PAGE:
"The rebuild in Christchurch, at least where residential is concerned, is likely to slow down over the next year," added Kevin Jaffe, chief executive at Simpson Grierson.

One CEO from the advertising sector said the behaviour of certain clients was a strong indicator of what was ahead.

"One of our clients is a large bank. They are already adjusting their behaviour as if a recession was already here.

"This almost certainly means the economy will soften."

Michael Barnett, chief executive of the Auckland Chamber of Commerce said, "while New Zealand firms should be optimistic they would be foolish not to expect a tougher environment in which to operate".

"Overall, the basis of the economy looks solid," said Greg Lowe, chief executive at Beca..

"Government spending has been reined in and there is a clear focus on achieving debt reduction. The impact of low dairy prices is unclear, but the longer this continues, the more we must factor in some negative impact."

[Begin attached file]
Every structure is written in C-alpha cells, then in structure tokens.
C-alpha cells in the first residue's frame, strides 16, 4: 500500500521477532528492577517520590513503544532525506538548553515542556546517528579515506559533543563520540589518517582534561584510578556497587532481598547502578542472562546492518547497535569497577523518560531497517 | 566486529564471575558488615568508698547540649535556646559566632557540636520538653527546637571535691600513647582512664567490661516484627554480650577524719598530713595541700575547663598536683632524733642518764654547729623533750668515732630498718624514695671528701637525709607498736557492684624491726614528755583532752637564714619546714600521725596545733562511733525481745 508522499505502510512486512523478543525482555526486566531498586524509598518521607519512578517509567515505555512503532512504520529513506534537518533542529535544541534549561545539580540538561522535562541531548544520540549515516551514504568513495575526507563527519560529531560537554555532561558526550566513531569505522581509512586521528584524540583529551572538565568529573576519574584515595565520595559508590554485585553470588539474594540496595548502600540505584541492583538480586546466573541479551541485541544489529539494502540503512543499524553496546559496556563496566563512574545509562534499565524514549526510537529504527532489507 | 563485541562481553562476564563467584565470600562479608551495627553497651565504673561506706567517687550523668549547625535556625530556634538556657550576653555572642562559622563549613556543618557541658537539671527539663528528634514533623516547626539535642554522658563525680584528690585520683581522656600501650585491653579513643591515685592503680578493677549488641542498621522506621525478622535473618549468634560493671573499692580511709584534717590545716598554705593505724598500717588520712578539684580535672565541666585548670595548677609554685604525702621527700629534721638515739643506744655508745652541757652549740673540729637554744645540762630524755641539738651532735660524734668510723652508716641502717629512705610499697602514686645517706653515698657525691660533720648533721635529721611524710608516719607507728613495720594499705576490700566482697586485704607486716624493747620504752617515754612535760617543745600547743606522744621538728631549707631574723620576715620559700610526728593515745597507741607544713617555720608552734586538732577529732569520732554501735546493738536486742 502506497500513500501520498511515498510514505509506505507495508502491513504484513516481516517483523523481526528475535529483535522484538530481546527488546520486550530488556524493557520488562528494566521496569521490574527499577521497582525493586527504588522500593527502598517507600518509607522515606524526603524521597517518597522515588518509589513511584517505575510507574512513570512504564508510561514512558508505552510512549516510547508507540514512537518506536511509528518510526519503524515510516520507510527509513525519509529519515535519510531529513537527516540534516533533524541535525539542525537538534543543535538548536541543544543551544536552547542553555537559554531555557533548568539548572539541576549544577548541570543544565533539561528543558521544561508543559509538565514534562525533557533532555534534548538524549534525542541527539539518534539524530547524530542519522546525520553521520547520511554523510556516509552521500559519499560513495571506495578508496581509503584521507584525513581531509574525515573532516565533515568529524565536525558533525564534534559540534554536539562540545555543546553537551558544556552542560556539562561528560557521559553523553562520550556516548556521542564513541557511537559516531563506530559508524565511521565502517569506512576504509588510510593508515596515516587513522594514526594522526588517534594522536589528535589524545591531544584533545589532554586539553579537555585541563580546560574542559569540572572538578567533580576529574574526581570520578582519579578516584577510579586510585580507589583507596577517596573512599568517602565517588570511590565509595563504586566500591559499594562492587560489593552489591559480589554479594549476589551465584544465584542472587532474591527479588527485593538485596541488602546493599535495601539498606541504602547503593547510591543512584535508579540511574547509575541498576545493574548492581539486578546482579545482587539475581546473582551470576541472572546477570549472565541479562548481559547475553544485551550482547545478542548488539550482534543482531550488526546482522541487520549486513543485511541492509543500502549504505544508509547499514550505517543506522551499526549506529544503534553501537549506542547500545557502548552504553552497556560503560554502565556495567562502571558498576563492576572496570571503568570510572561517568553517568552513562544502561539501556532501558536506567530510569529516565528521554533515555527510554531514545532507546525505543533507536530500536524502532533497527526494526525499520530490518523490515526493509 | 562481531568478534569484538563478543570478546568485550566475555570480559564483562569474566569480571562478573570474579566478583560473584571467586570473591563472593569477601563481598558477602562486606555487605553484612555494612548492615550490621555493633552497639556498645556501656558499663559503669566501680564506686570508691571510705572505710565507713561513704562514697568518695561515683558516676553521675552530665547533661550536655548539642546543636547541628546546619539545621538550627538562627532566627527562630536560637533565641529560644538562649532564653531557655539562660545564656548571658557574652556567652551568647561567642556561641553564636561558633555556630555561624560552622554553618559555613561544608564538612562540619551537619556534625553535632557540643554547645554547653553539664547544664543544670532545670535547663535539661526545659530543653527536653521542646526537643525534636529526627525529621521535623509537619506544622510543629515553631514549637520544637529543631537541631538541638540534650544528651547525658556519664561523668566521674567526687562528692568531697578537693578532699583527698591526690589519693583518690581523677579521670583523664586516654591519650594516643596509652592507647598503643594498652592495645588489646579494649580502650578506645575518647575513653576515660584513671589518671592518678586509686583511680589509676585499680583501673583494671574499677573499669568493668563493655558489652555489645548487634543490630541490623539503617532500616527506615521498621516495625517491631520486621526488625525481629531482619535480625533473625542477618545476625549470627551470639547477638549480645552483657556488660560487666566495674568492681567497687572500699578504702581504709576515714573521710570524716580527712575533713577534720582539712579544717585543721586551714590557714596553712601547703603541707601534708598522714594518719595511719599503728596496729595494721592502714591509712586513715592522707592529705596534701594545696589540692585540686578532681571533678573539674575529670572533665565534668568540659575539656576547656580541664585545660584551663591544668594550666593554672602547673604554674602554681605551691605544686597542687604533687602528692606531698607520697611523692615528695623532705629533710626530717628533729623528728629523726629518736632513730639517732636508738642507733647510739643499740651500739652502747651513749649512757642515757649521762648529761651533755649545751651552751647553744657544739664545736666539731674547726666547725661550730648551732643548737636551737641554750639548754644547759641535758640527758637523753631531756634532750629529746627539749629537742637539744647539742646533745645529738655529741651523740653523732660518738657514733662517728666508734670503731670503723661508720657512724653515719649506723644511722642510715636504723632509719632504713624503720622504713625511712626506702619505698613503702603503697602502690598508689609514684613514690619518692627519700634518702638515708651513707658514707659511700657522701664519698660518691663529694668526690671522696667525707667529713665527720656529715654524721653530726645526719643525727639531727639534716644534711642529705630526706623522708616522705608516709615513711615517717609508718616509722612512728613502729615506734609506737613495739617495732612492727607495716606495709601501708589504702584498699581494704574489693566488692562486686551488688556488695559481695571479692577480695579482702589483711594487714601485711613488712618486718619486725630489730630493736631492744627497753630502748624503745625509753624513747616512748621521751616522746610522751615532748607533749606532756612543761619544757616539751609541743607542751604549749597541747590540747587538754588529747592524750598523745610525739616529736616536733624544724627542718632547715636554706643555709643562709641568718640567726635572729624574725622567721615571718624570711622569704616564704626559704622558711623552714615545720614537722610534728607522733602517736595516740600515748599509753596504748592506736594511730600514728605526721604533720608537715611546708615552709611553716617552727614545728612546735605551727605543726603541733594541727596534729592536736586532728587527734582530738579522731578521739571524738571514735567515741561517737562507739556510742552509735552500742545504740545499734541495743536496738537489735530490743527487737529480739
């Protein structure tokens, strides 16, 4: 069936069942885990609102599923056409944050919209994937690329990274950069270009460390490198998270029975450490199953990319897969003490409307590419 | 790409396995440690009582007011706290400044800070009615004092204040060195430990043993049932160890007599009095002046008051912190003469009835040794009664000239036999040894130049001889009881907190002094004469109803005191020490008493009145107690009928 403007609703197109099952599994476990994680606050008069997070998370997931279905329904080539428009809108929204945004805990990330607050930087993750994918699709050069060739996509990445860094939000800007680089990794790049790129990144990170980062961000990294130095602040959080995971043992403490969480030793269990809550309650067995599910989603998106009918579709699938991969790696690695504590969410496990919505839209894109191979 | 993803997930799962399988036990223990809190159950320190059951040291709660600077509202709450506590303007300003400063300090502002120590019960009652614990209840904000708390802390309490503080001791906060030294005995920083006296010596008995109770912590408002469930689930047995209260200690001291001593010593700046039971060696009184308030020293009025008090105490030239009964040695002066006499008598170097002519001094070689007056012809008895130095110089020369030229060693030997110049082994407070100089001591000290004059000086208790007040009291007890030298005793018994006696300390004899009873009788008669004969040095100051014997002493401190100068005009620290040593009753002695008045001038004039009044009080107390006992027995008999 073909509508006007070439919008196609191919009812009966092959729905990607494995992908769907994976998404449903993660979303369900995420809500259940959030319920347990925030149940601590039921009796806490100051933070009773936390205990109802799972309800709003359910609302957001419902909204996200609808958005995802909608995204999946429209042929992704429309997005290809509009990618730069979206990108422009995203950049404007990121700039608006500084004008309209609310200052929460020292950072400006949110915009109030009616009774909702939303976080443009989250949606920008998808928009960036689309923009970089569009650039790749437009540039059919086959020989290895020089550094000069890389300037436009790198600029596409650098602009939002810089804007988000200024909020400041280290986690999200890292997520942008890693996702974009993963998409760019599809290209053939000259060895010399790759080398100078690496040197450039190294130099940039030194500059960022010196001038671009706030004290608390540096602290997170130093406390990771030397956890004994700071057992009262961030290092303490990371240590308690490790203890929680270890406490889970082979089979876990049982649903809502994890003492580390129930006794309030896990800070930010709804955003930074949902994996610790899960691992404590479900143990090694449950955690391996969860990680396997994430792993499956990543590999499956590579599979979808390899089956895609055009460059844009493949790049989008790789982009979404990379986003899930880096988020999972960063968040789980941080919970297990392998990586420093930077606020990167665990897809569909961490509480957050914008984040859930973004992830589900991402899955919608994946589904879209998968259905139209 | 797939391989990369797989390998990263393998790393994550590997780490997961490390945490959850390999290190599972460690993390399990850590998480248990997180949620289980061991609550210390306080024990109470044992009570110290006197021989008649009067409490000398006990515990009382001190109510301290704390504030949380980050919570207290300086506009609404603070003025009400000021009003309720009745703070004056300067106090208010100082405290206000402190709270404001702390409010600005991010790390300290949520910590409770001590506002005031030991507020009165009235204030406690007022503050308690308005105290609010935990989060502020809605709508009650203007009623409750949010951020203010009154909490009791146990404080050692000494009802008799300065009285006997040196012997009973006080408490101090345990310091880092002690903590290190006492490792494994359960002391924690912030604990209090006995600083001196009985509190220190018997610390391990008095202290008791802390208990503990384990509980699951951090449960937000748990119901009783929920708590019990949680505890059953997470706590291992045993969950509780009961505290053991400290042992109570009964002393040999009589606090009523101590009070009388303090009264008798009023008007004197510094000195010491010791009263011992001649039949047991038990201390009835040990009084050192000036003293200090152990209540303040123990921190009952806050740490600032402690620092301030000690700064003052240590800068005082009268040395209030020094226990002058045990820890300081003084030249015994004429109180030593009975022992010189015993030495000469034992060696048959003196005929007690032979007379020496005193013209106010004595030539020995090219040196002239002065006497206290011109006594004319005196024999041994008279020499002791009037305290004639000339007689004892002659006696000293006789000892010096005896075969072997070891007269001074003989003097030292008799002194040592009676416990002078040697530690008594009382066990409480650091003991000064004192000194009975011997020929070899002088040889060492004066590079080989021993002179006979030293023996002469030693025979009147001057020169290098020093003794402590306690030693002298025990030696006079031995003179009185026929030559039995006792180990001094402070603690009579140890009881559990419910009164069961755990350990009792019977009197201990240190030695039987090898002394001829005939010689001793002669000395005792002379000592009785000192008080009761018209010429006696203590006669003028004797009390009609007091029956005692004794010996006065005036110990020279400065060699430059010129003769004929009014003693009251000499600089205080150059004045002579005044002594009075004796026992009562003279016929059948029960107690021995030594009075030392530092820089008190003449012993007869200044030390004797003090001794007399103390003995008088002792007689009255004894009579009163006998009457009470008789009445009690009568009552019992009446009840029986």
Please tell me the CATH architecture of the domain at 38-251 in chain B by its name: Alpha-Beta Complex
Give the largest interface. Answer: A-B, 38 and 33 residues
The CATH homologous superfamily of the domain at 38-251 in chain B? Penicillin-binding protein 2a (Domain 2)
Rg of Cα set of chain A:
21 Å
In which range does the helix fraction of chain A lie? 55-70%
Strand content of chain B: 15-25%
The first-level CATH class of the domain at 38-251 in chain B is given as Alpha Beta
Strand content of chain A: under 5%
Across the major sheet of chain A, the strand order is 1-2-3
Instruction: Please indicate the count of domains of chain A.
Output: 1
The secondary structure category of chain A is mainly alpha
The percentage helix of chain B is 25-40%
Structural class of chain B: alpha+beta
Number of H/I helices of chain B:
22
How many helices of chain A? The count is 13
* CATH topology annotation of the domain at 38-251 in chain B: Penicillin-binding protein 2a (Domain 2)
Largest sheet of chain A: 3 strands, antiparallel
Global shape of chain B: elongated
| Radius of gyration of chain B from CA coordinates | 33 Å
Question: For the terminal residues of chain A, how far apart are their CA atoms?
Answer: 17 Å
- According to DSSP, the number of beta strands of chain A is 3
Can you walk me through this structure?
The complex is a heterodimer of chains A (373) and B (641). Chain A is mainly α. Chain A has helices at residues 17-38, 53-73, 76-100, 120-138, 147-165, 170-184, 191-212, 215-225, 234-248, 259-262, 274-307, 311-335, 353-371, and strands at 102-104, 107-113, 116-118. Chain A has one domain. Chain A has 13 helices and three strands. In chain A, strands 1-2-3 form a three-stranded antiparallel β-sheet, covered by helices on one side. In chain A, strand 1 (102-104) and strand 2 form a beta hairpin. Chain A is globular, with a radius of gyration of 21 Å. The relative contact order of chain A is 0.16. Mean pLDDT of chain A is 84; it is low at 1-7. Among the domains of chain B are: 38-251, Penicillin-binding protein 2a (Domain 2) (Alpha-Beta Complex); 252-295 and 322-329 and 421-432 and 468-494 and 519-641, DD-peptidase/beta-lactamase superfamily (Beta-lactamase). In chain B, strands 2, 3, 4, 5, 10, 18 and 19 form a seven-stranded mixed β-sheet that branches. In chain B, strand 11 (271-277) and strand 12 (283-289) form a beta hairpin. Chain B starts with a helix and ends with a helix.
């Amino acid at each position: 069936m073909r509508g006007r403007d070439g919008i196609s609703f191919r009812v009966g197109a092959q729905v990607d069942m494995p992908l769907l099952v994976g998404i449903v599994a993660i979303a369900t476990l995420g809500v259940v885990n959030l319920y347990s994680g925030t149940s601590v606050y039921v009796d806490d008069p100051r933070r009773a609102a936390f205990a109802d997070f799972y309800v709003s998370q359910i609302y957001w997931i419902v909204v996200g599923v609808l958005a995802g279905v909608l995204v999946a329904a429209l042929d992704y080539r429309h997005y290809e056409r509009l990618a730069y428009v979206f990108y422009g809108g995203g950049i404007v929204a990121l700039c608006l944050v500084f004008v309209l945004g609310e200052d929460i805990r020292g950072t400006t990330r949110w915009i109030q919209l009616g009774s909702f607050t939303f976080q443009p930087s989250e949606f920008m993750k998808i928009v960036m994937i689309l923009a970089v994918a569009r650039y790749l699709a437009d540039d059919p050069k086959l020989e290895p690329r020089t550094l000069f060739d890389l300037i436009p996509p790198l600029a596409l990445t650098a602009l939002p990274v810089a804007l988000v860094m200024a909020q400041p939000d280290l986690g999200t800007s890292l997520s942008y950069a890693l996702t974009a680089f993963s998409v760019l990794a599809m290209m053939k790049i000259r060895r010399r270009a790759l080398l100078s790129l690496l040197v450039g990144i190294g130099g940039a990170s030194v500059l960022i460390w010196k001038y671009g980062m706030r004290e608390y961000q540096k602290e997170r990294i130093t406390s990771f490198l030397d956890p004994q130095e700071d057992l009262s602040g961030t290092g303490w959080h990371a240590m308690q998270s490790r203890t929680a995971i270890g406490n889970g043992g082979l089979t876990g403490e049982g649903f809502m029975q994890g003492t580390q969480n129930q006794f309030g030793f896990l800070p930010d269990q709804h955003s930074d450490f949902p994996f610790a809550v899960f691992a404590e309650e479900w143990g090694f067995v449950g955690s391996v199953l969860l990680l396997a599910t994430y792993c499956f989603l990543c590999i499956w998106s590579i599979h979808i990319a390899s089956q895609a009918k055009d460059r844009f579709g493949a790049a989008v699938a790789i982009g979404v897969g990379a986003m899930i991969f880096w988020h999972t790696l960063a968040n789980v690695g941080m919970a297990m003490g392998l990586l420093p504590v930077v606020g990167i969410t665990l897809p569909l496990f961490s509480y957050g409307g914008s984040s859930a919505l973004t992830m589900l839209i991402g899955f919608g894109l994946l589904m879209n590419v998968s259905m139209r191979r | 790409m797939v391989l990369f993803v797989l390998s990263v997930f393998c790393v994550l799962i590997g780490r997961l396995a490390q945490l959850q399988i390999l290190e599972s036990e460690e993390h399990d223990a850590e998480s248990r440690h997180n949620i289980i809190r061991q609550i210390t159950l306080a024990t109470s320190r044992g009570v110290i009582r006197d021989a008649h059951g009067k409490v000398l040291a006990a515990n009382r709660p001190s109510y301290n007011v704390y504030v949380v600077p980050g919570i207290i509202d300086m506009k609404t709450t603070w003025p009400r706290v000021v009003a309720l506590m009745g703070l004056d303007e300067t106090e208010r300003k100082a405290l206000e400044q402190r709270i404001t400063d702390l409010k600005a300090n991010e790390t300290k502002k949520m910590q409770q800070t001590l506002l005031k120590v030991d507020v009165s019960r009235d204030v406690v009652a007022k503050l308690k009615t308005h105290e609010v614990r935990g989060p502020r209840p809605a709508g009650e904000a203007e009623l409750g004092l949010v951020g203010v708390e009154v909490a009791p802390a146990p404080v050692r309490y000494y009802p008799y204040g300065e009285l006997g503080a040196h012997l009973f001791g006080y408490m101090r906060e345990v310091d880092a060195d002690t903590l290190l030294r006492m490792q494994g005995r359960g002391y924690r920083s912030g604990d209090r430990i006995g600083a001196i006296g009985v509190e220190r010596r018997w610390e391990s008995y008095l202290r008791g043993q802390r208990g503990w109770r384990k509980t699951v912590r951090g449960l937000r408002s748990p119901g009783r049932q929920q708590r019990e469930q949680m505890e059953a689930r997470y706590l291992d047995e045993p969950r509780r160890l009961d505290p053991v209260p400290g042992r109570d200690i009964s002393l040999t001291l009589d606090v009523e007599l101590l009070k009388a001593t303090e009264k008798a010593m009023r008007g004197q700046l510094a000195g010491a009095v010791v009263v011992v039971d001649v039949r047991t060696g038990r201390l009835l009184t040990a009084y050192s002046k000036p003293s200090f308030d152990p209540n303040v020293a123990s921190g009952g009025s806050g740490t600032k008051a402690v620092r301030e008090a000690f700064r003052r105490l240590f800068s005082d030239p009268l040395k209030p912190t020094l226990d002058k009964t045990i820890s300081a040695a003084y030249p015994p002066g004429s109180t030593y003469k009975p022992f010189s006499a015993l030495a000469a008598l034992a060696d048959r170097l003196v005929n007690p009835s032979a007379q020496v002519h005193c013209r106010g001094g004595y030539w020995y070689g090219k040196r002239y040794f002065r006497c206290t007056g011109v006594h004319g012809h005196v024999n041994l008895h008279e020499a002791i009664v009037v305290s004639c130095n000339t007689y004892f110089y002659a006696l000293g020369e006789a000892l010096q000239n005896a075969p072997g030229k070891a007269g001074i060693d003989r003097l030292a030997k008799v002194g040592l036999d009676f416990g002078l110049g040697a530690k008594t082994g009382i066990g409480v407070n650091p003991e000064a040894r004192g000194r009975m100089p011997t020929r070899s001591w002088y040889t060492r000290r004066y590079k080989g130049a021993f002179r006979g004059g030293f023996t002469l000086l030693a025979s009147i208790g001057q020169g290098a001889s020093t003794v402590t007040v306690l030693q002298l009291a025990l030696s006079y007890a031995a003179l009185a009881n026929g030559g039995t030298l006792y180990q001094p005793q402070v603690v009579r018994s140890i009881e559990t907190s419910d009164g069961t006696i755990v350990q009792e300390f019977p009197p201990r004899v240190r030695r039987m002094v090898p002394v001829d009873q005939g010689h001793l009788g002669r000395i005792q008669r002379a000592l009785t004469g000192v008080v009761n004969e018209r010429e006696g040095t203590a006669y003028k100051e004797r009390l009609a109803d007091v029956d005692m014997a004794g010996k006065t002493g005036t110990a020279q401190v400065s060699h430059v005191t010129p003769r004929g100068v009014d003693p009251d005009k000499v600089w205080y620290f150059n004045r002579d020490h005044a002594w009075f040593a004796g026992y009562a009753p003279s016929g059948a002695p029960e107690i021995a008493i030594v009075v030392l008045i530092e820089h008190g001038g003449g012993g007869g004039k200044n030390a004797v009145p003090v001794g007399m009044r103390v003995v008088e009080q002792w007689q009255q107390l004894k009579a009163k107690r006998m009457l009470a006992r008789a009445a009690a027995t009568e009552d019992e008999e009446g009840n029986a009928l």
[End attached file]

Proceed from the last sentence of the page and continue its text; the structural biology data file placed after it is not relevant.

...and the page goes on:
Plummeting dairy prices in particular were on the minds of a number of our chief executives, but many were quick to call for a level-headed approach to the drop and what it meant for the economy as a whole.

"We can't escape that Fonterra and the dairy sector impact on us all. When the dairy sector is doing well, it has flow-on effects and the reverse must be true," explained Cathy Quinn, chairwoman at Minter Ellison Rudd Watts.

"The lower returns will not be likely to have an immediate impact on Auckland. It will if we talk ourselves into it. The fundamentals driving Auckland growth have not changed -- they remain the same," she said.

Bruce Hassall, chief executive at PwC said, "it is clear the New Zealand economy is facing some headwinds in the period ahead.

"Many parts of the economy are strong, resilience levels are robust, but our collective ability to talk ourselves into a slowdown is a real worry."